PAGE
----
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Salisbury was born in Scott, New York, in 1823. He earned a Bachelor of Natural Sciences degree from the Rensselaer Polytechnic Institute in 1844. He joined the New York Geological Survey as an assistant chemist, was promoted in 1849 to principal chemist, and remained in this position until 1852. He earned his medical degree from Albany Medical College in 1850, and a Master's degree from Schenectady College in 1852. He was elected a member of the American Antiquarian Society in 1862.
Salisbury was one of the earliest health food faddists and taught that diet was the main determinant of health. He believed vegetables and starchy foods produced poisonous substances in the digestive system which were responsible for heart disease, tumors, mental illness and tuberculosis. He believed that human dentition demonstrated that humans were meant to eat meat, and sought to limit vegetables, fruit, starches, and fats to one-third of the diet.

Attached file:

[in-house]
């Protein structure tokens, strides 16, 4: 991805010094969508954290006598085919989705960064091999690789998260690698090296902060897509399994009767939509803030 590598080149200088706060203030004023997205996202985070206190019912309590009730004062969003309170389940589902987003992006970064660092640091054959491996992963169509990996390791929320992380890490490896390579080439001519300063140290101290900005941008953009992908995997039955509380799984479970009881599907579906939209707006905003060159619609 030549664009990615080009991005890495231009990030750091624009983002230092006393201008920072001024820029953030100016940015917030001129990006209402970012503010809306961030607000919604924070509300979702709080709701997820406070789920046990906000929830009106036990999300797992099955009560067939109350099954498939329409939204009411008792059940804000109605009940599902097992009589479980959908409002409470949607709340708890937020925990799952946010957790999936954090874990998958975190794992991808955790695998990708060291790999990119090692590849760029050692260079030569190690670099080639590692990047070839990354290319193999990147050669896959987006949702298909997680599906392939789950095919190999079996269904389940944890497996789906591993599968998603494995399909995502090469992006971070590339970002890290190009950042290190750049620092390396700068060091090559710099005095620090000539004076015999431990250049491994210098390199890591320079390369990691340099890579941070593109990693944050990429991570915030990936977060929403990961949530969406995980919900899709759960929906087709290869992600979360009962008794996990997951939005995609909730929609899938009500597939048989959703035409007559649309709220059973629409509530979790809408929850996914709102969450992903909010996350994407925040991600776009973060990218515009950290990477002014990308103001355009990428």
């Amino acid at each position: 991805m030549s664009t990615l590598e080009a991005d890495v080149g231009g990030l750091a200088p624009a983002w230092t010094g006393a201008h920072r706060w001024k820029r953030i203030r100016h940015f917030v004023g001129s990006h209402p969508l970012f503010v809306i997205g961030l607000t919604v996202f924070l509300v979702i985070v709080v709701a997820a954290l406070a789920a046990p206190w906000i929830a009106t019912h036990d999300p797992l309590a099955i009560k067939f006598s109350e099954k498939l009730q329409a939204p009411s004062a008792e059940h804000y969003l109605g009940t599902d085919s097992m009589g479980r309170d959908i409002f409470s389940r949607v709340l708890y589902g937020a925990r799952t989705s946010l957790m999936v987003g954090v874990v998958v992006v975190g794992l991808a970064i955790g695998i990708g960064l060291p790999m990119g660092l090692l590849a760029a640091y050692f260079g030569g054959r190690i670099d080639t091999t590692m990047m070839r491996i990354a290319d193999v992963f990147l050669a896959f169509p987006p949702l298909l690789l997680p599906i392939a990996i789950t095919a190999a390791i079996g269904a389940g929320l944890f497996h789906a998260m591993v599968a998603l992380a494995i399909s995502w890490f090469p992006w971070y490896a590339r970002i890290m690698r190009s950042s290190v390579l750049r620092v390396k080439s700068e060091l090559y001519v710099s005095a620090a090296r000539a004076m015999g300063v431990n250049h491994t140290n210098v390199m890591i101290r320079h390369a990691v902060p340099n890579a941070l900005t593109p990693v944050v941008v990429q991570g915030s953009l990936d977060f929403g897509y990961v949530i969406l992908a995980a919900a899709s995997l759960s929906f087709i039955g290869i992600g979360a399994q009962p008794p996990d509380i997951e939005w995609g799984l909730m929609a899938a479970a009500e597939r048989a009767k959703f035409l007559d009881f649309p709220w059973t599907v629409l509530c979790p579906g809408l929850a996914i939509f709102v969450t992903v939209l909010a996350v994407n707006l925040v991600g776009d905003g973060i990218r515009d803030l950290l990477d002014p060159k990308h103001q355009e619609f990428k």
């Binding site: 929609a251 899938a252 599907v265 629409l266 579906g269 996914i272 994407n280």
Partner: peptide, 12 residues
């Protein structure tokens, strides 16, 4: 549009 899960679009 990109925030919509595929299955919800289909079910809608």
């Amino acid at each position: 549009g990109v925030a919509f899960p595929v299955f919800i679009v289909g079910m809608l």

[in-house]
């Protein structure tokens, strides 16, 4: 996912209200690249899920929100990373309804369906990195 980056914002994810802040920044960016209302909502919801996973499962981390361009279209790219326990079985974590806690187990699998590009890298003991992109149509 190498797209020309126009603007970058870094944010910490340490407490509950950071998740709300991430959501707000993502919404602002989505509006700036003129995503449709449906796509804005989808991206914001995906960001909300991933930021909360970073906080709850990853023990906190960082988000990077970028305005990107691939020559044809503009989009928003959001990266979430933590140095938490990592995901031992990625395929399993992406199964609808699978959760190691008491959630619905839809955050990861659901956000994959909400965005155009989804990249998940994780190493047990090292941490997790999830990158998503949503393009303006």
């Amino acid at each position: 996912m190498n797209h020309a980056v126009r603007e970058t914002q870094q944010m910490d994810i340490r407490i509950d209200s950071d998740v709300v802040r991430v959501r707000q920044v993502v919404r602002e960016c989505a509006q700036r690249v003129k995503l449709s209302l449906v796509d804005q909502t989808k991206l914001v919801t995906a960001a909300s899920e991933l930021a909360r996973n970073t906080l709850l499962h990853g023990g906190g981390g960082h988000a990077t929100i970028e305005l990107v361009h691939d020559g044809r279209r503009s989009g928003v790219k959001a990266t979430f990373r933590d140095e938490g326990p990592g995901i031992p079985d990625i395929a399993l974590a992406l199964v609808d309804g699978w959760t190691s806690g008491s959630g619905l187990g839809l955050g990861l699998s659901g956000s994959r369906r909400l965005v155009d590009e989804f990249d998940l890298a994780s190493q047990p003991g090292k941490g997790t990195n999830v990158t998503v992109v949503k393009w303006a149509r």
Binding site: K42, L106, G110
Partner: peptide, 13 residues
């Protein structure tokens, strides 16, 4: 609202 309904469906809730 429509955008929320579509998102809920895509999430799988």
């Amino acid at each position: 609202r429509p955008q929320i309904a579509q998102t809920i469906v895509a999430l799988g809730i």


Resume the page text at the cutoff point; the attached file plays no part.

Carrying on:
The Salisbury steak, his means of achieving this goal, is ground beef flavored with onion and seasoning and then deep-fried or boiled, and was introduced in 1888. Salisbury believed that beef was excellent defense against many different physical problems. He suggested that Salisbury steak should be eaten three times a day, with lots of water to cleanse the digestive system. He was an early American proponent of a low-carbohydrate diet for weight loss, and he promoted his diet for that purpose.
Salisbury steak — essentially a hamburger — might have faded from the collective memory if World War I had not inspired a drive in English-speaking nations to rename German-sounding things. Salisbury steak became a popular substitute for the (bunless) hamburger.